Vaccine formulation development : towards addressing major limitations of vaccines that are adjuvanted with aluminum salts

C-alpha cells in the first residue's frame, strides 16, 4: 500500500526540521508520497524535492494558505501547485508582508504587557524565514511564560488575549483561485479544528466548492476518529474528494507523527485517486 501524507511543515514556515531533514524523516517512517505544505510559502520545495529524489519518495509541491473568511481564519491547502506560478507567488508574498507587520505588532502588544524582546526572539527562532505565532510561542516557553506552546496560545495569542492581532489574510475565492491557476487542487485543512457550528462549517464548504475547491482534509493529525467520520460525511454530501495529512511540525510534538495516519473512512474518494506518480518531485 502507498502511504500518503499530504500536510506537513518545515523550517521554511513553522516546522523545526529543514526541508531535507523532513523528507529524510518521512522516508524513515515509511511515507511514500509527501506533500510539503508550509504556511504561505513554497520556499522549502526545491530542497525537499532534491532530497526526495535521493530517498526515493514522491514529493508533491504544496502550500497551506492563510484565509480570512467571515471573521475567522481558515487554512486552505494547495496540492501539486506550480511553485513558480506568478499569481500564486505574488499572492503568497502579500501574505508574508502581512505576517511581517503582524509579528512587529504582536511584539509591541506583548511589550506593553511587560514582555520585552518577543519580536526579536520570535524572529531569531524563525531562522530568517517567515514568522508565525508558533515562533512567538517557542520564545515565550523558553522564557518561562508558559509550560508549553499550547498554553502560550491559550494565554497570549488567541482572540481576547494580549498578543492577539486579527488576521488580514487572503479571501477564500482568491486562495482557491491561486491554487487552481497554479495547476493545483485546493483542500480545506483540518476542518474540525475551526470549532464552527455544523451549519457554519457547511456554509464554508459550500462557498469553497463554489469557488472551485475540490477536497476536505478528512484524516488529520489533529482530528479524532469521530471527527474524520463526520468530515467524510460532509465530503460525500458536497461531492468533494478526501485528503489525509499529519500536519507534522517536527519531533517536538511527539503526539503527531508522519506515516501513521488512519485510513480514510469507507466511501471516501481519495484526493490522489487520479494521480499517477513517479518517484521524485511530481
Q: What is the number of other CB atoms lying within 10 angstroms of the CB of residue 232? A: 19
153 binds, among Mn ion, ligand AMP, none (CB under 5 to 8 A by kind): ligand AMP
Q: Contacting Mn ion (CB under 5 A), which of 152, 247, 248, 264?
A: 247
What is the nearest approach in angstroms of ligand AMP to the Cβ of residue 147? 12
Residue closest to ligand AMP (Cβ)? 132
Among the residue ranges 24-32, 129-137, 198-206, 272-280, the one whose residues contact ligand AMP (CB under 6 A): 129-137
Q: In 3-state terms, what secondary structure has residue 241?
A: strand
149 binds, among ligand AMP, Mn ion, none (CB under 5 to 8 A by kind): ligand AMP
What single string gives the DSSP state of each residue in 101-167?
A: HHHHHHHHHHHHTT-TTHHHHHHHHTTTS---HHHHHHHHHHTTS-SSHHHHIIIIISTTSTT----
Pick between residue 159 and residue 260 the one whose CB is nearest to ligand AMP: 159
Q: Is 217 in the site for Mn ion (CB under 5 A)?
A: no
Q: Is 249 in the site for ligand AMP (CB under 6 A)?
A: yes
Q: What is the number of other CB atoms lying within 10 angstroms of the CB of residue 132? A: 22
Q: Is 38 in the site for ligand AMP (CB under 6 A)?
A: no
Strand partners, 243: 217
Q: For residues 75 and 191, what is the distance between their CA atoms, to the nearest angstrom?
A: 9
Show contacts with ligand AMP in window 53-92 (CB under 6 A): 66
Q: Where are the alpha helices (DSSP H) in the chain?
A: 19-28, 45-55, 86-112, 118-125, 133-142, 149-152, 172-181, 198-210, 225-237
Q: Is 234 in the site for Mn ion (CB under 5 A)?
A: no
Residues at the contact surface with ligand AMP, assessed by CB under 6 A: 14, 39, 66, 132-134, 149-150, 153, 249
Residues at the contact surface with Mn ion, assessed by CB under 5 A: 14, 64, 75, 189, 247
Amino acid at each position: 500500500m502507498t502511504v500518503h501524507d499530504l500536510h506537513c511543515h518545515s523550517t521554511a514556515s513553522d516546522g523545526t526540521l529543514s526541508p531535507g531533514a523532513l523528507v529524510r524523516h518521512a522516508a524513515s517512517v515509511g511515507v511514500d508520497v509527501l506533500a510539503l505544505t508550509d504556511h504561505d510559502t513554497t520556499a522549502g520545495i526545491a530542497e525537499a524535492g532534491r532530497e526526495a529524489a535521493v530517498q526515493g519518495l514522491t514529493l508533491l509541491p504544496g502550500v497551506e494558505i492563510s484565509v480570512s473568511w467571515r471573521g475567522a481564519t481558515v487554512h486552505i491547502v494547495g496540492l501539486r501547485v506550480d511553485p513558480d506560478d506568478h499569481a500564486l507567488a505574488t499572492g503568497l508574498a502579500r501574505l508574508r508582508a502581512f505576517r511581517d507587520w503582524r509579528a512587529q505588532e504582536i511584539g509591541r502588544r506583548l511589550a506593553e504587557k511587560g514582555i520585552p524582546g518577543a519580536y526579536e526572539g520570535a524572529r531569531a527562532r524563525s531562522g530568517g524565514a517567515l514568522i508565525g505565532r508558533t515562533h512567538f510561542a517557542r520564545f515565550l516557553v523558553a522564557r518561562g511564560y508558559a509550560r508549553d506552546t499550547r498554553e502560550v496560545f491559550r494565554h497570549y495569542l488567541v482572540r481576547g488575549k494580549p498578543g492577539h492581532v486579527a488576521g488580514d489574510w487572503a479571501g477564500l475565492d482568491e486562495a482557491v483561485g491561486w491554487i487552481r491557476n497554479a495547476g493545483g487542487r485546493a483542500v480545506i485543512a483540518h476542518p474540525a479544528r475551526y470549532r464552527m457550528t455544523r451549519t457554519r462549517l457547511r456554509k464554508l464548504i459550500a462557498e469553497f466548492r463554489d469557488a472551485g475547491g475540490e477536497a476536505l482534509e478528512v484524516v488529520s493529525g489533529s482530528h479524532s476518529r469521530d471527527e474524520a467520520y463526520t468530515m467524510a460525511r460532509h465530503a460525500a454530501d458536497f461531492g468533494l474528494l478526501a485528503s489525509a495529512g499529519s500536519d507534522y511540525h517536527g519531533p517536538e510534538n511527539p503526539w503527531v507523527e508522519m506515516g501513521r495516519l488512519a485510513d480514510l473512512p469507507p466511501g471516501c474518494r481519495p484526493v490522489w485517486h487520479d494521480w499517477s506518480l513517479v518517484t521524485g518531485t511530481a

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Many vaccines require an adjuvant to induce a strong immune response. Aluminum–containing adjuvants have been approved by the United States Food and Drug Administration for human use for many years. There are two main aluminum-containing adjuvants, aluminum hydroxide and aluminum phosphate. Due to their favorable safety profile, aluminum-containing adjuvants have been widely used in human vaccines for decades. Many currently licensed and commercially available vaccines contain aluminum-containing adjuvants. However, aluminum-containing vaccine adjuvants suffer from two major limiting factors: (1) aluminum-containing adjuvants can only weakly or moderately potentiate antigen-specific antibody responses and are generally considered incapable of inducing cellular immune responses; (2) vaccines that contain aluminum-containing adjuvants require cold-chain refrigeration for storage and distribution, and may not be frozen, because freezing of the vaccine in dispersion causes irreversible coagulation that damages vaccines (e.g., loss in potency and stability). In this dissertation, the first limitation was addressed by reducing the size of the aluminum hydroxide from micrometers (3-10 micrometer) to nanometers of less than 200 nm, and the second limitation mentioned above was addressed by freeze-drying vaccines that contain aluminum salts as adjuvants into a dry powder using thin-film freeze-drying. In addition, using an improved experimental design, the vaccine adjuvant activities of nanoparticles of around 200 nm was compared to that of the nanoparticles of around 700 nm. The smaller 200 nm nanoparticles showed a more potent adjuvant activity than the larger nanoparticles. When dispersed in an aqueous medium, both aluminum hydroxide and aluminum phosphate are physically 1–20 micrometer particulates. There are data showing that particulate vaccine carriers of around 200 nm (or less) may be optimal in potentiating the immunogenicity of vaccines. Based on this finding, aluminum hydroxide nanoparticles of 112 nm were synthesized, and its adjuvant activity was compared to that of the traditional aluminum hydroxide adjuvant, which have particulates of 3-20 micrometer. Using ovalbumin and Bacillus anthracis protective antigen protein as model antigens, it was found that protein antigens adsorbed on the aluminum hydroxide nanoparticles induced stronger antigen-specific antibody responses than the same protein antigens adsorbed on the traditional aluminum hydroxide microparticles of around 9.3 µm. Importantly, the inflammation reactions induced by aluminum hydroxide nanoparticles in the injection sites were milder than that induced by microparticles. Simply reducing the particle size of the traditional aluminum hydroxide adjuvant in suspension from micrometers into nanometers represents a novel and effective approach to improve its potency. The second limitation was addressed by converting vaccines that contain an aluminum salt as an adjuvant from an aqueous dispersion into a dried powder using thin-film freeze-drying. There is evidence that aluminum-containing vaccines can be lyophilized to dry powders using high speed freezing methods. Thin-film freezing is a high speed freezing method with a freezing rate between 100 to 10,000 K/s, but the feasibility of using thin-film freeze-drying to freeze-dry vaccines that contain aluminum salts as adjuvants has not been tested before. In this dissertation, Using ovalbumin as a model protein antigen and aluminum hydroxide or aluminum phosphate as an adjuvant, it was confirmed that vaccines that are adjuvanted with aluminum hydroxide or aluminum phosphate can be freeze-dried with as low as 2% (w/v) of trehalose as a cryoprotectant by thin-film freeze-drying without causing vaccine aggregation while preserving the immunogenicity of the vaccine. Finally, the feasibility of using the thin-film freeze-drying method to freeze-drying vaccines that contain aluminum salts as adjuvants was further confirmed by drying a commercial aluminum salt-adjuvanted tetanus toxoid vaccine. Vaccines that contain aluminum salts as adjuvants may be converted to a dry powder using the thin-film freeze-drying method to avoid loss of potency due exposure to freezing conditions during transport and storage.